Going through the book English History 1914-1945 by A. J. P. Taylor a few years ago, I was happily surprised to see that according to him, the years immediately following the First World War were happy times. This is contrary to the general belief today.
“To judge from all leading writers, the barbarians were breaking in,” Taylor wrote, “The decline and fall of the Roman empire were being repeated. Civilized men could only lament and withdraw, as the writers did to their considerable profit. The writers were almost alone in feeling like this, and it is not easy to understand why they thus cut themselves off.” Such writers, according to Taylor, included T. S. Eliot, James Joyce, D. H. Lawrence, T. E. Lawrence (the ‘Lawrence of Arabia’), Aldous Huxley, Graham Greene, Evelyn Waugh and others.
Taylor believed that these celebrated authors and others failed to reflect the reality of their age. “By any more prosaic standard, this was the best time mankind, or at any rate Englishmen, had known,” he contended.
Coming from possibly the most important British historian of the twentieth century, this statement was very important for me because it corroborated something which Iqbal had written in 1923, i.e. in those very years after the First World War which Taylor was describing some fifty years later (Taylor’s book was published in the early 1970s).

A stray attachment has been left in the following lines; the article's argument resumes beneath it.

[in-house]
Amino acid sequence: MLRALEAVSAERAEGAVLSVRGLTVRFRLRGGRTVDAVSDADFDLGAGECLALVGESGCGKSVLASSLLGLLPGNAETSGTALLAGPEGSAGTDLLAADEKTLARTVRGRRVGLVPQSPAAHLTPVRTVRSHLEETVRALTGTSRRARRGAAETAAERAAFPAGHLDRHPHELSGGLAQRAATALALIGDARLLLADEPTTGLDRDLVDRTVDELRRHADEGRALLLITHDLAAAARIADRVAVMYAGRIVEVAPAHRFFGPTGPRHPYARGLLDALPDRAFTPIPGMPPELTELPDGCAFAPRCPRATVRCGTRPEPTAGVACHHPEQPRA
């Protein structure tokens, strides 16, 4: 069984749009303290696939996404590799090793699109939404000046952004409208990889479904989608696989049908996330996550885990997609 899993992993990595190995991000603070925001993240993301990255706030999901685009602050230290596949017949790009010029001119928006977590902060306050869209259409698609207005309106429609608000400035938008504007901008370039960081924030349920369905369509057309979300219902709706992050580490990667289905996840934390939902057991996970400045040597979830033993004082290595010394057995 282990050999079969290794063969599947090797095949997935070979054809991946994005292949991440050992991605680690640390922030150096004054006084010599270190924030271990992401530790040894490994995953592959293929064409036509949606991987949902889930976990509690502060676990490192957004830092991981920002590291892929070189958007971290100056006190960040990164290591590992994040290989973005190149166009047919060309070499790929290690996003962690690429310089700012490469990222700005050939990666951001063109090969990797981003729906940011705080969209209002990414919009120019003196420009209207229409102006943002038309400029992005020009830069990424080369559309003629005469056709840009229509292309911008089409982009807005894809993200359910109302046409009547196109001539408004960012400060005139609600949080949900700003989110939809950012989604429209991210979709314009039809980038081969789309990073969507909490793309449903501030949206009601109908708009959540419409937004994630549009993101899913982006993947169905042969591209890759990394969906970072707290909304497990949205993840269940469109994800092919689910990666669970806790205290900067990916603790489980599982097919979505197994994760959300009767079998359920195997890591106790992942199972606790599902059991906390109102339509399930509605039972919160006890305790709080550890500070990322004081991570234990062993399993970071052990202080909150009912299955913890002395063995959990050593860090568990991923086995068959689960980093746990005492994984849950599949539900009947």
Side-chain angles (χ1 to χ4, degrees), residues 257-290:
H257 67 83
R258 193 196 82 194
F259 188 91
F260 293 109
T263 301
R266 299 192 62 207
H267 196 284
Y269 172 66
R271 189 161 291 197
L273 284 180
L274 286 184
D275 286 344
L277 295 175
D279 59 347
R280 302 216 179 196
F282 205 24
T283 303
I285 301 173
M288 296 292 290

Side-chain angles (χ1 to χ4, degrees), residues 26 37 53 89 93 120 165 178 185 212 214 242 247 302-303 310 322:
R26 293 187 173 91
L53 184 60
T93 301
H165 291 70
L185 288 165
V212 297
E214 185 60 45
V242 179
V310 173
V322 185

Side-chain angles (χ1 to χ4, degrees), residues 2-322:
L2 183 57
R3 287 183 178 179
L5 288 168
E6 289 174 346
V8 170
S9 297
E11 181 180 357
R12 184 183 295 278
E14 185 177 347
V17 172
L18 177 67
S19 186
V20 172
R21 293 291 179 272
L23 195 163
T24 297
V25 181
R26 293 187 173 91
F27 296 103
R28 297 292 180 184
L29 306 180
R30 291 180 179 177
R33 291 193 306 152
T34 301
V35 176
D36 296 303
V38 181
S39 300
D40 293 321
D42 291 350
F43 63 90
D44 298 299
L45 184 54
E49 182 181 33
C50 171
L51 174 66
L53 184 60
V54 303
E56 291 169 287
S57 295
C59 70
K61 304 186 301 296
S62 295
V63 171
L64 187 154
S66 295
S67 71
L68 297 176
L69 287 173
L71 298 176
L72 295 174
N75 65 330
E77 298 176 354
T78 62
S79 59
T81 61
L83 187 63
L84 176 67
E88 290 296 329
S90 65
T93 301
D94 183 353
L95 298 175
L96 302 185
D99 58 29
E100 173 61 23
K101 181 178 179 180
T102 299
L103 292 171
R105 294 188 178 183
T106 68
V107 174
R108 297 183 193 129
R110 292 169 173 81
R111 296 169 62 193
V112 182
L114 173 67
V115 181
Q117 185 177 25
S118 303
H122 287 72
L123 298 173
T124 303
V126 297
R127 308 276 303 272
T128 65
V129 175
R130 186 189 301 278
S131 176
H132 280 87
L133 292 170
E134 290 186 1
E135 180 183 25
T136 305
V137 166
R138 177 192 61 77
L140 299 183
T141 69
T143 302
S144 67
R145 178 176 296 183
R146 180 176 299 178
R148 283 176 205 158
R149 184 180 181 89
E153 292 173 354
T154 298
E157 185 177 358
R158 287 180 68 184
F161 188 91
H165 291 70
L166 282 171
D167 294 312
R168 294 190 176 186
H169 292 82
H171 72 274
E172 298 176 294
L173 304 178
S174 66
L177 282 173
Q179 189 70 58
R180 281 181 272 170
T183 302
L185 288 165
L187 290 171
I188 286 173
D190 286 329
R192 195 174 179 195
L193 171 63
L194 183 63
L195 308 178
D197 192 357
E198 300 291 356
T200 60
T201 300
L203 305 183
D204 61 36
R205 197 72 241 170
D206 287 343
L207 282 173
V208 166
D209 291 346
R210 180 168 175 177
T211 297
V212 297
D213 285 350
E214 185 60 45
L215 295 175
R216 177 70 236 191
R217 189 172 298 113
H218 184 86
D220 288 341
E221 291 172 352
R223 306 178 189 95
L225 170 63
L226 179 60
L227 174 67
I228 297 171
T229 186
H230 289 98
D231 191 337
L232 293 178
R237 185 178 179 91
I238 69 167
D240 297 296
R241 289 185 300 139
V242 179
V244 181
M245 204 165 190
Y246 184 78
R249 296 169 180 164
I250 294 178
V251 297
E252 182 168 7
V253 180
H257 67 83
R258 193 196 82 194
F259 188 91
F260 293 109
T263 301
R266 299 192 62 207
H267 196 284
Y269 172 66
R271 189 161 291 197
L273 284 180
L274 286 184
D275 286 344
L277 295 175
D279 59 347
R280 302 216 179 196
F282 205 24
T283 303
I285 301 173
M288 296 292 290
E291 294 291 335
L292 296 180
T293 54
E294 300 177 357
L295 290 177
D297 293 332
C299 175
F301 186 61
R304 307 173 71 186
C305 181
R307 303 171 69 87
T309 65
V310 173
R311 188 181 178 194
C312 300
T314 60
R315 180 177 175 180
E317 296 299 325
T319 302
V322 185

In the preface of The Message of the East, a collection of his Persian poems published in 1923, Iqbal had written that “out of the ashes of civilization and culture Nature is building up in the depths of life a new human being and a new world for him to live in” and described this as a “wonderful revolution which is now taking place in the human mind.” He called it “a great spiritual and cultural revolution.”
Celebrating this great spiritual revolution, still in the making, became a hallmark of not only the poetry of Iqbal but of the best minds of the younger generation of Urdu writers influenced by him. It was epitomized by the poem ‘Abhi Tou Mien Jawan Hoon’ by Hafeez Jallundhri. This development of Urdu literature of the 1920s has usually been ignored but I have tried to highlight it in my book Iqbal: His Life and Our Times (2014).
Iqbal and his disciples were not the only ones to have this belief. Even before the First World War had come to an end, the American thinker Mary Parker Follett had completed writing an entire book decribing the same thing. “New surges of life are pounding at circumference and centre,” she wrote in The New State, “we must open the way for their entrance and onflow.”
The great Bengali visionary, C. R. Das, also appeared to be at the same wavelength in Freedom Through Disobedience (1922) as he said, “We are on the eve of great changes … That which was more or less a matter of Ideal has now come within the range of practical politics.”
Today, when we read such statements – or when we go through the works of Follett, Das, Iqbal, Hafeez or others like them – we get an impression that these writers were too optimistic and not so much realistic. Could it be that those writers were so much more realistic for being optimistic?
In the light of the testimony offered by Taylor, the answer is yes.